Evaluate the Cost of Assisted Living - dummies

Evaluate the Cost of Assisted Living

By Carol Levine

Copyright © 2014 AARP. All rights reserved.

Now the big question for your long term care plans! How much does assisted living cost? And no surprise, this question is not easy to answer. But it’s important, because you or your family will have to pay most of the costs of assisted living. There are two big costs to consider: the entry fee and monthly costs. Here is a brief description of each:

  • Entry fee: The entry fee is the upfront cost of admission. This cost varies considerably across the country and by type of apartment or unit and other factors. A starting point may be $100,000, but this fee can be much higher. Many people use the proceeds from the sale of their homes to finance the entry fee.

  • Monthly fee: Monthly fees fall into a range, but on average the cost of assisted living currently is around $3,500 a month, or $42,000 a year. Genworth Financial, Inc., an insurance holding company, conducts an annual comprehensive survey of assisted-living costs.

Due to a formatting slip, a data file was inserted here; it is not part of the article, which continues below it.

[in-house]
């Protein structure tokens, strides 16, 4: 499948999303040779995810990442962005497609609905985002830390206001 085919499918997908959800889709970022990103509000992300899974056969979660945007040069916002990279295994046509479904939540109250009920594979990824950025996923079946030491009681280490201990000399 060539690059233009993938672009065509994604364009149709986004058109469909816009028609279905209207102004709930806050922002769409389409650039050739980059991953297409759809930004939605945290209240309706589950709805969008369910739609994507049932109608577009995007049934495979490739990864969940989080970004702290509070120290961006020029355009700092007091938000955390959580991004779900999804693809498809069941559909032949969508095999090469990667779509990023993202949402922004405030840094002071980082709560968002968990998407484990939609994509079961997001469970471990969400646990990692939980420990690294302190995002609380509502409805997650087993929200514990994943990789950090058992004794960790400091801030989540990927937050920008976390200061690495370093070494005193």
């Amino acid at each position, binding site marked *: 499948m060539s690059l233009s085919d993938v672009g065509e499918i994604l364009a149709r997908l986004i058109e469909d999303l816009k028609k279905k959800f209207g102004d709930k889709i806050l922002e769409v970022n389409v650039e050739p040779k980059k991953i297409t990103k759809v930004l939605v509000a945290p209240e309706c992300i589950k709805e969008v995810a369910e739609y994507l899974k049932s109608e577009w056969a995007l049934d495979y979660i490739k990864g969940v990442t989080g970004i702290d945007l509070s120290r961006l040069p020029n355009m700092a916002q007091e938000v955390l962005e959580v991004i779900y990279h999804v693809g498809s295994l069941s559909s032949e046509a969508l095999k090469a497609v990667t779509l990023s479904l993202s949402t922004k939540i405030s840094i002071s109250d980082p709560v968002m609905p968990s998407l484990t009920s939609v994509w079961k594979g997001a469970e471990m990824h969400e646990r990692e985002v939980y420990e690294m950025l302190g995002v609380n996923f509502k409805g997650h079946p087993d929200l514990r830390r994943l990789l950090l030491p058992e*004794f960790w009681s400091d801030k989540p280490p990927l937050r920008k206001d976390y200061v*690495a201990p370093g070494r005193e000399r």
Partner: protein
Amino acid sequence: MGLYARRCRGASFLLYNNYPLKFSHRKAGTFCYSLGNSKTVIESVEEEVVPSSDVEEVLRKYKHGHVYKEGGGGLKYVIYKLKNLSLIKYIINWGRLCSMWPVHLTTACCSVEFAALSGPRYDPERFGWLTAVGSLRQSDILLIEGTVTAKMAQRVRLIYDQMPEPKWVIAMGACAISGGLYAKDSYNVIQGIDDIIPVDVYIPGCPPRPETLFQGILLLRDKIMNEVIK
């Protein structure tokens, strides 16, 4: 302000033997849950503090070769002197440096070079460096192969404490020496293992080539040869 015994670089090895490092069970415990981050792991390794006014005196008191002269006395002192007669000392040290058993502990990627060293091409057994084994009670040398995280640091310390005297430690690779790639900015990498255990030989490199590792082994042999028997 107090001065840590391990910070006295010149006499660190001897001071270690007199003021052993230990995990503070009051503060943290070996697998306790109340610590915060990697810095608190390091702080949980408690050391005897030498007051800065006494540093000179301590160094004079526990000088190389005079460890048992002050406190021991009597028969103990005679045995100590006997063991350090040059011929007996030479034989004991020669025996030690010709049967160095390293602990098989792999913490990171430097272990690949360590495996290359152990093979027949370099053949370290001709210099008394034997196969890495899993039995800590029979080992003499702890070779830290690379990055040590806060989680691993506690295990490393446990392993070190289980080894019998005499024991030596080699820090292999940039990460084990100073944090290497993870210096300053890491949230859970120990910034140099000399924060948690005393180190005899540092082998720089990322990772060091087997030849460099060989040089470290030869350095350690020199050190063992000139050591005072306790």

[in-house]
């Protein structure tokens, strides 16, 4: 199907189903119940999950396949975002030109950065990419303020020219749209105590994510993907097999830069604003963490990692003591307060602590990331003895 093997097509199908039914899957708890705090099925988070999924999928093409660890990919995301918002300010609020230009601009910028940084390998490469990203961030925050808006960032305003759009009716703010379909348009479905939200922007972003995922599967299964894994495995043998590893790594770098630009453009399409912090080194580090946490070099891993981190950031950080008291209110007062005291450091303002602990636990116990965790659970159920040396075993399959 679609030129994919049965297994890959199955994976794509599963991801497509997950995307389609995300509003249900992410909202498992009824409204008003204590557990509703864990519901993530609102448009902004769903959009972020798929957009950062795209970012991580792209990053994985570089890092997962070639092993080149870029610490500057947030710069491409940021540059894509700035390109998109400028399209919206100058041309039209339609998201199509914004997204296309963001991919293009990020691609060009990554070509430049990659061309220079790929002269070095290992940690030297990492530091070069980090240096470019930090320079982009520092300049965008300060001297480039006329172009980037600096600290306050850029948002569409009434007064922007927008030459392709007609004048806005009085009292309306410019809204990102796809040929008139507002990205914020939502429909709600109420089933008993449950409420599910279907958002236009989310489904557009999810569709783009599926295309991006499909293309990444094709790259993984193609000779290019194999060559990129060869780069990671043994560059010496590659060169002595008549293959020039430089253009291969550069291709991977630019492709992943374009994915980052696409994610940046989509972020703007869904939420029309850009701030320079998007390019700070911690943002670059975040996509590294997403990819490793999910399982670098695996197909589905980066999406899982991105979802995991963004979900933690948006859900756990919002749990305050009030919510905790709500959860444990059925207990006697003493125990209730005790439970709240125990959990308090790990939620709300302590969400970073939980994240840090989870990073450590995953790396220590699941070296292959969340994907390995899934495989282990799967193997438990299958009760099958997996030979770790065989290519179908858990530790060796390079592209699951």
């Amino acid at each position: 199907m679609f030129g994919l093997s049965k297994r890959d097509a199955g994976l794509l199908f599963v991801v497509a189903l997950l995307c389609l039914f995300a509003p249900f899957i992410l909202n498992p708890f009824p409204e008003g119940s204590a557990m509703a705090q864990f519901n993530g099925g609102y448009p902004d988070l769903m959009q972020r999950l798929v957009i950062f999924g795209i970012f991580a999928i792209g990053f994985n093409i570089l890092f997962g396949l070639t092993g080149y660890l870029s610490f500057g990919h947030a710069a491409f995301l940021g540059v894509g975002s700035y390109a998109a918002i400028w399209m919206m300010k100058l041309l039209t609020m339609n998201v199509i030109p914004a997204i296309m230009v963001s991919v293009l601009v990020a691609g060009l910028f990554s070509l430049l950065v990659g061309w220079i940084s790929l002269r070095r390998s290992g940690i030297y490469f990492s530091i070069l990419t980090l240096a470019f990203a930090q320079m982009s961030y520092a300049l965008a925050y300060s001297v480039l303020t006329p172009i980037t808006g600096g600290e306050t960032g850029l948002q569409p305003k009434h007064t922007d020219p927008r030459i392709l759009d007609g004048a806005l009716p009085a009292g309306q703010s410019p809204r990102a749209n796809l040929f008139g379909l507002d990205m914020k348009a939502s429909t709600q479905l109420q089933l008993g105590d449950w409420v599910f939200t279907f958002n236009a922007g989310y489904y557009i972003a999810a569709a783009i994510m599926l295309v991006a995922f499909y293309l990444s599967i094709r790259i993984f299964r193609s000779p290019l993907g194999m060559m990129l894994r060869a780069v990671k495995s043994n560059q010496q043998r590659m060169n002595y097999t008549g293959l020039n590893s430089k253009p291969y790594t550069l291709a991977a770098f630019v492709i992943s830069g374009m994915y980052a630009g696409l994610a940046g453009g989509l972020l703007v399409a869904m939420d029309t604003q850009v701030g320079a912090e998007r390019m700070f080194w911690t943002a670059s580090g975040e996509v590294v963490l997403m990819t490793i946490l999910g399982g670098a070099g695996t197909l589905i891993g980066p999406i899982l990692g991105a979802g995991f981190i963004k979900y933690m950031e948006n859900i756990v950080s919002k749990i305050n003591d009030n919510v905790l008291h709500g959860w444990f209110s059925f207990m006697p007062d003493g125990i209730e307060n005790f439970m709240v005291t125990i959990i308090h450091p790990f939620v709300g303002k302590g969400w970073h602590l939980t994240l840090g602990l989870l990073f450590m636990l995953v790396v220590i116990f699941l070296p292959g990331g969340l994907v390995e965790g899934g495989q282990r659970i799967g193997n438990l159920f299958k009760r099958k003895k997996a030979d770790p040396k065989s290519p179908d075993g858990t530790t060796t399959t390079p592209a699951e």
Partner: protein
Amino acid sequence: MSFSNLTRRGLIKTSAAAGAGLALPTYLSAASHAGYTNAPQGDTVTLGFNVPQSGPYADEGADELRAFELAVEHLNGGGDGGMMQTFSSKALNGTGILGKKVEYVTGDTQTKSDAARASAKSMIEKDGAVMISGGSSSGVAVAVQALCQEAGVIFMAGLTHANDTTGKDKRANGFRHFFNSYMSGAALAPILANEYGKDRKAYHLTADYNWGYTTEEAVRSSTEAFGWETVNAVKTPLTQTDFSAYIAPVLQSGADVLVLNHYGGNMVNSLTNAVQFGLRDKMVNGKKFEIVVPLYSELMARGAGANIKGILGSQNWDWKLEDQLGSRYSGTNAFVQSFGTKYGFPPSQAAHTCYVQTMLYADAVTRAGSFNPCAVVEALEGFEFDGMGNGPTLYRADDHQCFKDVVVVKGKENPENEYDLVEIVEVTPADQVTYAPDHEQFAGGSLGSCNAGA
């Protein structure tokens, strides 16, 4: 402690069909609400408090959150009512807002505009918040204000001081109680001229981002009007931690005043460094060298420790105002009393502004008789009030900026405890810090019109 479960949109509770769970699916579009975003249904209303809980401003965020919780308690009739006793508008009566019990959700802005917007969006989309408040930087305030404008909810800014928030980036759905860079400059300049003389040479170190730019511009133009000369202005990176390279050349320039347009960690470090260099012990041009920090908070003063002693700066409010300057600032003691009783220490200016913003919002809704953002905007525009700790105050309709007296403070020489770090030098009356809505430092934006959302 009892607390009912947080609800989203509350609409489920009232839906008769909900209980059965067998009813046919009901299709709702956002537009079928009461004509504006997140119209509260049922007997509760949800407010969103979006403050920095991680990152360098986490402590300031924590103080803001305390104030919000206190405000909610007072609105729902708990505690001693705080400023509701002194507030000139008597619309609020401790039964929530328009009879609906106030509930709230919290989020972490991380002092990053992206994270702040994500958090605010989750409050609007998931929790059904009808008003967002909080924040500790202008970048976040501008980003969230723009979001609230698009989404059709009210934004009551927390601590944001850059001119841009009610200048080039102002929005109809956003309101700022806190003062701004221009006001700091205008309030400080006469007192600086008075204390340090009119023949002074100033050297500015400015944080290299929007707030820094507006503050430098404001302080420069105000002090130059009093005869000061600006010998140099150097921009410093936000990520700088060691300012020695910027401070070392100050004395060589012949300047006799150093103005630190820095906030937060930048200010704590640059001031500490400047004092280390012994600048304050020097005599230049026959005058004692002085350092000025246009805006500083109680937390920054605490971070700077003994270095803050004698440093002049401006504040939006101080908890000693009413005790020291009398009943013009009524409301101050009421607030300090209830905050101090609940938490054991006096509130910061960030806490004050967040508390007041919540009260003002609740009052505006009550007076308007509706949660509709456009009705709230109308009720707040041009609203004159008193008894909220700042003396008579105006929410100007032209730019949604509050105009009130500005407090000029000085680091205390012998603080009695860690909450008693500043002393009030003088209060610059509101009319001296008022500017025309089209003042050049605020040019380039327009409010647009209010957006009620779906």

In 2013, Genworth found that the national median rate for a one-bedroom, single-occupancy facility was $41,400 a year, a five-year cost increase of 4.26 percent. A 2012 MetLife Mature Market Institute survey came up with a similar number — $42,600 a year.

The median figure, of course, includes both higher and lower rates. For example, in the Genworth survey the annual cost of assisted living in Georgia was $32,430; in Texas, $40,035; in Washington State, $51,000; and in Alaska, $72,000. (Everything is more expensive in Alaska and Hawaii.)

Assisted living is largely private pay, meaning that you have to come up with the money on your own. Some specific services are exceptions, and long-term care insurance may cover some costs. You may be able to obtain some financial assistance. But for the most part, your own dollars will pay for assisted living. Some portion of the fees may be tax-deductible, so check with your accountant.